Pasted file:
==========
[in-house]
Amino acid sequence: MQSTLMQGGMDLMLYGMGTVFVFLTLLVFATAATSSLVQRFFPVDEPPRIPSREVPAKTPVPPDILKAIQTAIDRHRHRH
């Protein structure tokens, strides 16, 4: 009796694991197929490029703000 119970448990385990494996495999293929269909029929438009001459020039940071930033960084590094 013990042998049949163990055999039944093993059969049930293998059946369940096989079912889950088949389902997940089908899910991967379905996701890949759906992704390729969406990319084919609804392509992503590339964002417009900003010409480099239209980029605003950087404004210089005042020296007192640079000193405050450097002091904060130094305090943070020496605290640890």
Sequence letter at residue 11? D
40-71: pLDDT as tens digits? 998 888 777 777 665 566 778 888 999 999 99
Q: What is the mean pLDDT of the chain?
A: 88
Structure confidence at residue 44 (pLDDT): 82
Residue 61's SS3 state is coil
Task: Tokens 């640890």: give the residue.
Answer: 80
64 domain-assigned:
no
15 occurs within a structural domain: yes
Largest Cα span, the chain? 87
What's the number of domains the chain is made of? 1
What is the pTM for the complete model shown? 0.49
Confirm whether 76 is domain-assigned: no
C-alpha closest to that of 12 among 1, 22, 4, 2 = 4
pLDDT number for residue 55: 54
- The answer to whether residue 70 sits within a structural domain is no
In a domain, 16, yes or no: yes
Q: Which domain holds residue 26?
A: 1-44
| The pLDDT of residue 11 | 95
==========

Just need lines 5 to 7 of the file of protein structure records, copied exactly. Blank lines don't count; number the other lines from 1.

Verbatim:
40-71: pLDDT as tens digits? 998 888 777 777 665 566 778 888 999 999 99
Q: What is the mean pLDDT of the chain?
A: 88